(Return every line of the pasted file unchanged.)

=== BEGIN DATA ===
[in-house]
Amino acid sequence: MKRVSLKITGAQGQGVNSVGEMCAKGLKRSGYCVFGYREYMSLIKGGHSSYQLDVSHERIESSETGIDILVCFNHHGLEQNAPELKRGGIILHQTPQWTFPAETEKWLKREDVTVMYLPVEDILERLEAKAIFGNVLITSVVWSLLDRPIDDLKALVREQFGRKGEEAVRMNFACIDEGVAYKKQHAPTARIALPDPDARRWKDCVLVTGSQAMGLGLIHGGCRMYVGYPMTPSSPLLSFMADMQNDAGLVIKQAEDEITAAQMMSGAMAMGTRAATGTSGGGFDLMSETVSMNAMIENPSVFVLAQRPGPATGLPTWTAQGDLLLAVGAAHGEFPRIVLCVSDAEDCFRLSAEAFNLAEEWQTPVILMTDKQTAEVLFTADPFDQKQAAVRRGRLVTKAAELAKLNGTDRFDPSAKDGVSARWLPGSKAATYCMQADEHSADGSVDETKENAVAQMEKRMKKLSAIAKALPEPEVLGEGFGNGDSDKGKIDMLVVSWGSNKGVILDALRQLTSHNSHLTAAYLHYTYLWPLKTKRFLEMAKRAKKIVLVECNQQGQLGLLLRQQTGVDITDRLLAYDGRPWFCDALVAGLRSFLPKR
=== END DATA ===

[in-house]
Amino acid sequence: MKRVSLKITGAQGQGVNSVGEMCAKGLKRSGYCVFGYREYMSLIKGGHSSYQLDVSHERIESSETGIDILVCFNHHGLEQNAPELKRGGIILHQTPQWTFPAETEKWLKREDVTVMYLPVEDILERLEAKAIFGNVLITSVVWSLLDRPIDDLKALVREQFGRKGEEAVRMNFACIDEGVAYKKQHAPTARIALPDPDARRWKDCVLVTGSQAMGLGLIHGGCRMYVGYPMTPSSPLLSFMADMQNDAGLVIKQAEDEITAAQMMSGAMAMGTRAATGTSGGGFDLMSETVSMNAMIENPSVFVLAQRPGPATGLPTWTAQGDLLLAVGAAHGEFPRIVLCVSDAEDCFRLSAEAFNLAEEWQTPVILMTDKQTAEVLFTADPFDQKQAAVRRGRLVTKAAELAKLNGTDRFDPSAKDGVSARWLPGSKAATYCMQADEHSADGSVDETKENAVAQMEKRMKKLSAIAKALPEPEVLGEGFGNGDSDKGKIDMLVVSWGSNKGVILDALRQLTSHNSHLTAAYLHYTYLWPLKTKRFLEMAKRAKKIVLVECNQQGQLGLLLRQQTGVDITDRLLAYDGRPWFCDALVAGLRSFLPKR